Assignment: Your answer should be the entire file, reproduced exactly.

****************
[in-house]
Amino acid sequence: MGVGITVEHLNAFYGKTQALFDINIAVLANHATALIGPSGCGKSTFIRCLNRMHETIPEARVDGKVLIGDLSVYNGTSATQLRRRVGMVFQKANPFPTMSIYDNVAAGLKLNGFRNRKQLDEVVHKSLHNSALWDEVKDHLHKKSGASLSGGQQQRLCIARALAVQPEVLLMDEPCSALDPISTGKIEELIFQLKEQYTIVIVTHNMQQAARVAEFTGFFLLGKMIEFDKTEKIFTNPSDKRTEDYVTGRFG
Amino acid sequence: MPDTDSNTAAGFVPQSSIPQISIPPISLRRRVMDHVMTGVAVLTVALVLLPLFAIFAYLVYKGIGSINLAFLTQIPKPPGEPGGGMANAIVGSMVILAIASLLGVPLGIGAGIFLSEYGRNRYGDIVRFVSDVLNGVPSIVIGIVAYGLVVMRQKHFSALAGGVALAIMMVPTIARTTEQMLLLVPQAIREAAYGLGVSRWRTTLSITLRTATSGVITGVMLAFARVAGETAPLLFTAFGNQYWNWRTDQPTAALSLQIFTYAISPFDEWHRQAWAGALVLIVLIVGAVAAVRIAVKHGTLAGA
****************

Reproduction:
[in-house]
Amino acid sequence: MGVGITVEHLNAFYGKTQALFDINIAVLANHATALIGPSGCGKSTFIRCLNRMHETIPEARVDGKVLIGDLSVYNGTSATQLRRRVGMVFQKANPFPTMSIYDNVAAGLKLNGFRNRKQLDEVVHKSLHNSALWDEVKDHLHKKSGASLSGGQQQRLCIARALAVQPEVLLMDEPCSALDPISTGKIEELIFQLKEQYTIVIVTHNMQQAARVAEFTGFFLLGKMIEFDKTEKIFTNPSDKRTEDYVTGRFG
Amino acid sequence: MPDTDSNTAAGFVPQSSIPQISIPPISLRRRVMDHVMTGVAVLTVALVLLPLFAIFAYLVYKGIGSINLAFLTQIPKPPGEPGGGMANAIVGSMVILAIASLLGVPLGIGAGIFLSEYGRNRYGDIVRFVSDVLNGVPSIVIGIVAYGLVVMRQKHFSALAGGVALAIMMVPTIARTTEQMLLLVPQAIREAAYGLGVSRWRTTLSITLRTATSGVITGVMLAFARVAGETAPLLFTAFGNQYWNWRTDQPTAALSLQIFTYAISPFDEWHRQAWAGALVLIVLIVGAVAAVRIAVKHGTLAGA